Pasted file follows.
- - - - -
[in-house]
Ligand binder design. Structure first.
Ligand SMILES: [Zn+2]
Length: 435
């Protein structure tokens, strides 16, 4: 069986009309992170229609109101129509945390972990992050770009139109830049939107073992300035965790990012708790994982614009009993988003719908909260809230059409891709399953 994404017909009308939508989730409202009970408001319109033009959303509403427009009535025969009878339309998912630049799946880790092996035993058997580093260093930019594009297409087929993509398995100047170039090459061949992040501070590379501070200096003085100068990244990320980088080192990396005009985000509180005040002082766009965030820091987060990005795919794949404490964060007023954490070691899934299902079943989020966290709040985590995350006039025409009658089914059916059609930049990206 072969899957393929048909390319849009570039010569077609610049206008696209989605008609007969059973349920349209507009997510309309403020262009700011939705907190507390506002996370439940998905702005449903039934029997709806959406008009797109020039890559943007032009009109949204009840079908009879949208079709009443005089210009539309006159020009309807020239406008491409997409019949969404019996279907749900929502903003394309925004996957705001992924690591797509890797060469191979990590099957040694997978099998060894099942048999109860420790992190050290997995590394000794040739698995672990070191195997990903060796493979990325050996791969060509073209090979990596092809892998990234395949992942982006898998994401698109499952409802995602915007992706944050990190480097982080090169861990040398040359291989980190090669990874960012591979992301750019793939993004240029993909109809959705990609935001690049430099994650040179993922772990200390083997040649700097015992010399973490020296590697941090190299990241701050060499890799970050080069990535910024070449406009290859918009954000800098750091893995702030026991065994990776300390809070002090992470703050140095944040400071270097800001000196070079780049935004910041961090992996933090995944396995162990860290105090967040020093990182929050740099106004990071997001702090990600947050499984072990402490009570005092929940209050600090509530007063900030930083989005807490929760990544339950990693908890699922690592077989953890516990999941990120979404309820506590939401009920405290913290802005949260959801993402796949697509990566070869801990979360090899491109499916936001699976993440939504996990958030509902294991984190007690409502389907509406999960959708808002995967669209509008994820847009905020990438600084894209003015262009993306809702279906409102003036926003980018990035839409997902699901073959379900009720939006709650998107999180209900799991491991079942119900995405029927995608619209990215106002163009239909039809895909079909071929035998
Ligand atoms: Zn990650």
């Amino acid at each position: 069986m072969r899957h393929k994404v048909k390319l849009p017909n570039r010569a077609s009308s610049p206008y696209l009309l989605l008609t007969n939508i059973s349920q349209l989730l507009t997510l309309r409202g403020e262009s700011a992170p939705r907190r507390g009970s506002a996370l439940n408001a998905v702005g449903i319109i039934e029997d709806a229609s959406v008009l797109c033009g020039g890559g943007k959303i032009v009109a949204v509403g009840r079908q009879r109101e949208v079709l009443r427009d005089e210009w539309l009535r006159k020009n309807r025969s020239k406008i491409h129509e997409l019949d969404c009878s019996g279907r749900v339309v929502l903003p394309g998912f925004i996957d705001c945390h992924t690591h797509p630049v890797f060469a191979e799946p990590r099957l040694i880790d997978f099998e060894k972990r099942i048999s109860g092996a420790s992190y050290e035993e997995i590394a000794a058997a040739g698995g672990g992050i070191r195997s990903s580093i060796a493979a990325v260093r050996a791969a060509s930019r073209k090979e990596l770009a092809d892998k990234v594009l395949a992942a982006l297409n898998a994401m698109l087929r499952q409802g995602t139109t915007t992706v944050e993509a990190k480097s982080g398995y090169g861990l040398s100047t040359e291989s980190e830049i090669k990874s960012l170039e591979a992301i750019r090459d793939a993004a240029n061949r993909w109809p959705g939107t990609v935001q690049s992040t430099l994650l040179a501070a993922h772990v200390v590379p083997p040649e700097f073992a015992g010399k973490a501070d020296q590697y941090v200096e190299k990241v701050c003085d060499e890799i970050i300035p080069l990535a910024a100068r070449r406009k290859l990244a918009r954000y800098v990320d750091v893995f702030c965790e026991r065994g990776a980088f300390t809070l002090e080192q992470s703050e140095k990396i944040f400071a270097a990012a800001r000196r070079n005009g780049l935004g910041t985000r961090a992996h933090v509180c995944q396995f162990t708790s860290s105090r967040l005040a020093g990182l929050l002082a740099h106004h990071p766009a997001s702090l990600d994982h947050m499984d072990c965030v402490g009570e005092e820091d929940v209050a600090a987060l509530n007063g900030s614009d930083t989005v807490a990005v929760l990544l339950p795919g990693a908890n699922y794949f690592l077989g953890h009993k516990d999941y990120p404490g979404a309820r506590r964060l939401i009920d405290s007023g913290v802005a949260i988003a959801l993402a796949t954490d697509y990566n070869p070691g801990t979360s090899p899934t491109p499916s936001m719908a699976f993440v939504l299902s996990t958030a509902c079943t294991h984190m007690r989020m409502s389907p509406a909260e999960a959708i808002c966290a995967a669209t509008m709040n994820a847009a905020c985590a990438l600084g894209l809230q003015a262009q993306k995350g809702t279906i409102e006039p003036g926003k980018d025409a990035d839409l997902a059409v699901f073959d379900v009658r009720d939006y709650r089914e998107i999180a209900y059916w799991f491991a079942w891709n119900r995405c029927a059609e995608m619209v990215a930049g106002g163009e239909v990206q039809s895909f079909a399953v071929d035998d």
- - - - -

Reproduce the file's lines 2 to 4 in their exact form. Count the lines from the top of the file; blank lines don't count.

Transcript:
Ligand binder design. Structure first.
Ligand SMILES: [Zn+2]
Length: 435